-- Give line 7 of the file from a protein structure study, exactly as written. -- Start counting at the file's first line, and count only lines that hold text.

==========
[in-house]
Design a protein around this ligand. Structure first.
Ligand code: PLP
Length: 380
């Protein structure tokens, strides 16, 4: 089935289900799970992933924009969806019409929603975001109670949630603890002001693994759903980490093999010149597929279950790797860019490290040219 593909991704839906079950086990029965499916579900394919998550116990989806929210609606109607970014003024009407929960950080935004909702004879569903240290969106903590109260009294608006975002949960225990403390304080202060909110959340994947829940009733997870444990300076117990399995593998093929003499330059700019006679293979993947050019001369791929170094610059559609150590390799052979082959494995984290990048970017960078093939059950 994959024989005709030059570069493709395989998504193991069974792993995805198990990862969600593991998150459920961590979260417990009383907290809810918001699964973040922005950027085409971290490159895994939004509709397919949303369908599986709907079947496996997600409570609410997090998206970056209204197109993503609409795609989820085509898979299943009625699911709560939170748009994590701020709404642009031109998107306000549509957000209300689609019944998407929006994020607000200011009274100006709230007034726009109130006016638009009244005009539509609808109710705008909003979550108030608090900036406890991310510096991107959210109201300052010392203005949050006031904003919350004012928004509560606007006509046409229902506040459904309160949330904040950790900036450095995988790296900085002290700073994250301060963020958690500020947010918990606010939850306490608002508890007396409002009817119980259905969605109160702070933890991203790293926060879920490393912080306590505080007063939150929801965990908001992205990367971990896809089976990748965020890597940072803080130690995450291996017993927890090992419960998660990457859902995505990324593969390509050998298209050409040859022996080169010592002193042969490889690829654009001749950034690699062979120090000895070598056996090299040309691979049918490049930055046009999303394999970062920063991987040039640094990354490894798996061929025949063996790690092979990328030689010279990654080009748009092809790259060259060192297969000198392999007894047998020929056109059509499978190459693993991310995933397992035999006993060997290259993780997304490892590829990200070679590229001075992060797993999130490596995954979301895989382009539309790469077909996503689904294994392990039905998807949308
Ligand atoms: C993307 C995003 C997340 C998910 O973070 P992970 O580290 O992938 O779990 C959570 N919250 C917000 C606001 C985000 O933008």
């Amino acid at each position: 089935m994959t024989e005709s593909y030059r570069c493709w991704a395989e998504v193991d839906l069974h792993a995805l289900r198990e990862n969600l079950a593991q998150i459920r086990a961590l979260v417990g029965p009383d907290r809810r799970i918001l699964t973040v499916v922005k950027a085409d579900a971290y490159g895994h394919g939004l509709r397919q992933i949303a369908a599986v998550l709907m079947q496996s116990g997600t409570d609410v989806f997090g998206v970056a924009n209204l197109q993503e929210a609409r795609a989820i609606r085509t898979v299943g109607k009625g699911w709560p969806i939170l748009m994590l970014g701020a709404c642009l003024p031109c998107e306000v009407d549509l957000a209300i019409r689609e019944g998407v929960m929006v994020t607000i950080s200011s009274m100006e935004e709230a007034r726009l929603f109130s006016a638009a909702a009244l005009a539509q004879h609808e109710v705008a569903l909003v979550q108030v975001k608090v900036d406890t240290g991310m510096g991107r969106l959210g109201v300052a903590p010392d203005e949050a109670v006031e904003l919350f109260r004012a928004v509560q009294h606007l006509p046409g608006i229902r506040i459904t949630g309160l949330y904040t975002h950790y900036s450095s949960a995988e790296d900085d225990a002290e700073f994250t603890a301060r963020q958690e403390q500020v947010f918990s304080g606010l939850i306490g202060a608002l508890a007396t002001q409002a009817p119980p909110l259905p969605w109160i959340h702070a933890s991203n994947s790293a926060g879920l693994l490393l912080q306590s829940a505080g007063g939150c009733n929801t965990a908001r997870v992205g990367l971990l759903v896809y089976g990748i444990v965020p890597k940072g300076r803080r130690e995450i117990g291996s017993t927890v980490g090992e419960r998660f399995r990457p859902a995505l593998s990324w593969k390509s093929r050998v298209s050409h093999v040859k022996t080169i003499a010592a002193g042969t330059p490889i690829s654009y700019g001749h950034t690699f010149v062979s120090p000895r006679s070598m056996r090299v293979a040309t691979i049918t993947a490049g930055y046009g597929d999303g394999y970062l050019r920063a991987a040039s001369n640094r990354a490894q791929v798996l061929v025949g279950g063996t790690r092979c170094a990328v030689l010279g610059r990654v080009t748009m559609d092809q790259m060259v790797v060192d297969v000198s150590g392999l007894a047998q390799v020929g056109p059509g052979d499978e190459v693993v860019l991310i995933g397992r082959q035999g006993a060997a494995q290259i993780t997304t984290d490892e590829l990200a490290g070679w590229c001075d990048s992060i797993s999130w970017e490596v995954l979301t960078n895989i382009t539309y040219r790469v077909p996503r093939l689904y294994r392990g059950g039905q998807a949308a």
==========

């Amino acid at each position: 089935m994959t024989e005709s593909y030059r570069c493709w991704a395989e998504v193991d839906l069974h792993a995805l289900r198990e990862n969600l079950a593991q998150i459920r086990a961590l979260v417990g029965p009383d907290r809810r799970i918001l699964t973040v499916v922005k950027a085409d579900a971290y490159g895994h394919g939004l509709r397919q992933i949303a369908a599986v998550l709907m079947q496996s116990g997600t409570d609410v989806f997090g998206v970056a924009n209204l197109q993503e929210a609409r795609a989820i609606r085509t898979v299943g109607k009625g699911w709560p969806i939170l748009m994590l970014g701020a709404c642009l003024p031109c998107e306000v009407d549509l957000a209300i019409r689609e019944g998407v929960m929006v994020t607000i950080s200011s009274m100006e935004e709230a007034r726009l929603f109130s006016a638009a909702a009244l005009a539509q004879h609808e109710v705008a569903l909003v979550q108030v975001k608090v900036d406890t240290g991310m510096g991107r969106l959210g109201v300052a903590p010392d203005e949050a109670v006031e904003l919350f109260r004012a928004v509560q009294h606007l006509p046409g608006i229902r506040i459904t949630g309160l949330y904040t975002h950790y900036s450095s949960a995988e790296d900085d225990a002290e700073f994250t603890a301060r963020q958690e403390q500020v947010f918990s304080g606010l939850i306490g202060a608002l508890a007396t002001q409002a009817p119980p909110l259905p969605w109160i959340h702070a933890s991203n994947s790293a926060g879920l693994l490393l912080q306590s829940a505080g007063g939150c009733n929801t965990a908001r997870v992205g990367l971990l759903v896809y089976g990748i444990v965020p890597k940072g300076r803080r130690e995450i117990g291996s017993t927890v980490g090992e419960r998660f399995r990457p859902a995505l593998s990324w593969k390509s093929r050998v298209s050409h093999v040859k022996t080169i003499a010592a002193g042969t330059p490889i690829s654009y700019g001749h950034t690699f010149v062979s120090p000895r006679s070598m056996r090299v293979a040309t691979i049918t993947a490049g930055y046009g597929d999303g394999y970062l050019r920063a991987a040039s001369n640094r990354a490894q791929v798996l061929v025949g279950g063996t790690r092979c170094a990328v030689l010279g610059r990654v080009t748009m559609d092809q790259m060259v790797v060192d297969v000198s150590g392999l007894a047998q390799v020929g056109p059509g052979d499978e190459v693993v860019l991310i995933g397992r082959q035999g006993a060997a494995q290259i993780t997304t984290d490892e590829l990200a490290g070679w590229c001075d990048s992060i797993s999130w970017e490596v995954l979301t960078n895989i382009t539309y040219r790469v077909p996503r093939l689904y294994r392990g059950g039905q998807a949308a």